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Twin warming huts for TED conference evoke the Great Canadian Wilderness

A tremendous translucent ‘forest’ pops up in a French courtyard

July 13, 2017 by  
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The courtyard of Fondation Martell in Cognac, France has been transformed into a translucent forest made of glass fiber-reinforced polyester sheets. Spanish architecture firm SelgasCano designed the Pavillon Martell as a temporary, mobile multipurpose space for concerts, workshops, and relaxation. The pavilion covers a 25,000-square-foot space situated behind the Foundation. Its main material, developed by French brand Onduline, is translucent and watertight and shelters a huge area where various activities can take place. Soft, changing light permeates this undulating membrane, creating an interesting and visually engaging rainbow effect. The architects typically work with off-the-shelf structural solutions. Related: German Students Create a Cloud-Like Retreat High Up in the Treetops “We started to look for the lightest and most cost-effective materials on the market. We found what we were looking for hidden away in the catalogue of Onduline, a leading French construction company with a worldwide presence,” said SelgasCano. Inflatable seats installed in the structure are attached by straps and provide visitors with places to sit, relax and organize workshops, concerts and various other events. The structure is easy to dismantle and transport to any location thanks to its modular nature and light weight. + SelgasCano Via World Architecture Photos by Iwan Baan  

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A tremendous translucent ‘forest’ pops up in a French courtyard

A river made of 10,000 glowing books flows through Toronto

October 26, 2016 by  
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This large, interactive  art installation is created by group of anonymous artists/activists who “want literature to take over the streets and conquer public spaces, freely offering those passersby a traffic-free place which, for some hours, will succumb to the humble power of the written word.” Related: Alicia Martin’s Amazing Book Sculptures Pour out of Windows and Into the Streets The team has previously carried out the installation illegally in New York and Madrid, received official permission to appear in Melbourne, and has recently visited Toronto during Nuit Blanche Toronto, an annual, city-wide celebration of contemporary art. For this occasion, the group has used 10,000 books donated by the Salvation Army and worked for 12 days alongside 50 volunteers to replace cars with books on Hagerman Street, downtown Toronto . Related: Guy Laramée Carves a Majestic Lifelike Mountain Range Out of an Encyclopedia Britannica Set The artwork was open to the public for one night, during which visitors could immerse themselves in a literal flow of words and paper illuminated by soft lighting coming from the pages. They would sit down to read, take photos and eventually take pieces of the installation home. It took 10 hours for the installation to self-dismantle. + Luzinterruptus + Nuit Blanche Toronto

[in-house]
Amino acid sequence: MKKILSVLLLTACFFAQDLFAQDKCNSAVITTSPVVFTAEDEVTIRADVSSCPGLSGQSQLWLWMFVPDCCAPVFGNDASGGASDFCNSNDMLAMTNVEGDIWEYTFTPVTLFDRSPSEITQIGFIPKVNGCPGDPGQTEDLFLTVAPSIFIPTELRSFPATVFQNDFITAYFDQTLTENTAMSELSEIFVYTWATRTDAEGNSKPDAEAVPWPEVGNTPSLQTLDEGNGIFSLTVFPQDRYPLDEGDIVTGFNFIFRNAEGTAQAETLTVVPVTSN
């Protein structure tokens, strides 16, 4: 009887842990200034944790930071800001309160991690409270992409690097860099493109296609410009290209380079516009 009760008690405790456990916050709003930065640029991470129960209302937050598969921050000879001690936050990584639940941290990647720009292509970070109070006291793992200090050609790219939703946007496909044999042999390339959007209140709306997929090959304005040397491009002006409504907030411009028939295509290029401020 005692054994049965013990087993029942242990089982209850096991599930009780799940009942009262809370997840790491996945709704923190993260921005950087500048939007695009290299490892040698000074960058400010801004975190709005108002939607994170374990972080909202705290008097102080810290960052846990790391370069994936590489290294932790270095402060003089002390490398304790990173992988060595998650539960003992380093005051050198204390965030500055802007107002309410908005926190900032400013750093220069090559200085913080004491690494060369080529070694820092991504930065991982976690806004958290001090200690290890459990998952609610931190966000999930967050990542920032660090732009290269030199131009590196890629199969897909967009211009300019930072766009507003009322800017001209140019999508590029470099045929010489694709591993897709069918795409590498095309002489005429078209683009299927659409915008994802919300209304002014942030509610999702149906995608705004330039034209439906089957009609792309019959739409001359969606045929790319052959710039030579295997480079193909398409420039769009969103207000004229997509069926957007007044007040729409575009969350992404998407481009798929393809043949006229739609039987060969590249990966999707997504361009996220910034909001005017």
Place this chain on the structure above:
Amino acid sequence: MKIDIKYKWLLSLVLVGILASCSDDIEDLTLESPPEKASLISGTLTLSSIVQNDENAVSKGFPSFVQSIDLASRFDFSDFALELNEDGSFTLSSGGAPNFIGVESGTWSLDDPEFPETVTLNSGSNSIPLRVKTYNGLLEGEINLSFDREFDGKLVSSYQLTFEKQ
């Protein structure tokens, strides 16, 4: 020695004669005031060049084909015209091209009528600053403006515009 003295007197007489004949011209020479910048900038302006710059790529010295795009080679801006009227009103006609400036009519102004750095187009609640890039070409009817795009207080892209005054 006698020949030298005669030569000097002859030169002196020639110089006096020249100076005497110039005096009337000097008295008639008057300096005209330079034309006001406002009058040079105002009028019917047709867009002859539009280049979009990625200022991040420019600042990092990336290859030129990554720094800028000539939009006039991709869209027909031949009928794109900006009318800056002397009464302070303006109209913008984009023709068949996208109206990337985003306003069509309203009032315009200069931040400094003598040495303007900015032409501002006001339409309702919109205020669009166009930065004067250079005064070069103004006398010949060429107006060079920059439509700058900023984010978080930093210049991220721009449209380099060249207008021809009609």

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A river made of 10,000 glowing books flows through Toronto

Milkshake Tree playground in London doubles as an oversized xylophone

June 23, 2016 by  
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Photo by Paul Raftery The Milkshake Tree installation is all about sounds, smells, movement and reflective surfaces. The name came about when one of the kids asked if the new Center could include a milkshake tree. Located outside the NOW Gallery on London’s Greenwich Peninsula, the installation includes long ramps framed by reflective screens and timber fins combined with copper xylophones which the kids can play as they pass by. A 12-square-meter gold mirrored cube dominates the installation and features leaf-shaped cut outs, an Amelanchier tree and a glass prism that create beautiful kaleidoscopic effects. Related: Henning Larsen’s Day Care Center is a Green-Roofed Paradise for Children in Denmark Photo by Paul Raftery A multi-sensory ramp with a musical walkway connects the school to the new hydrotherapy and therapy spaces, while the landscape, designed by BD Landscape Architects, provides additional outdoor spaces-a sensory roof garden , a mud kitchen and a treehouse . The entire site stimulates imagination and playfulness, combining education, rehabilitation and entertainment. + pH+ Architects + London Festival of Architecture  Lead photo by Paul Raftery

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Milkshake Tree playground in London doubles as an oversized xylophone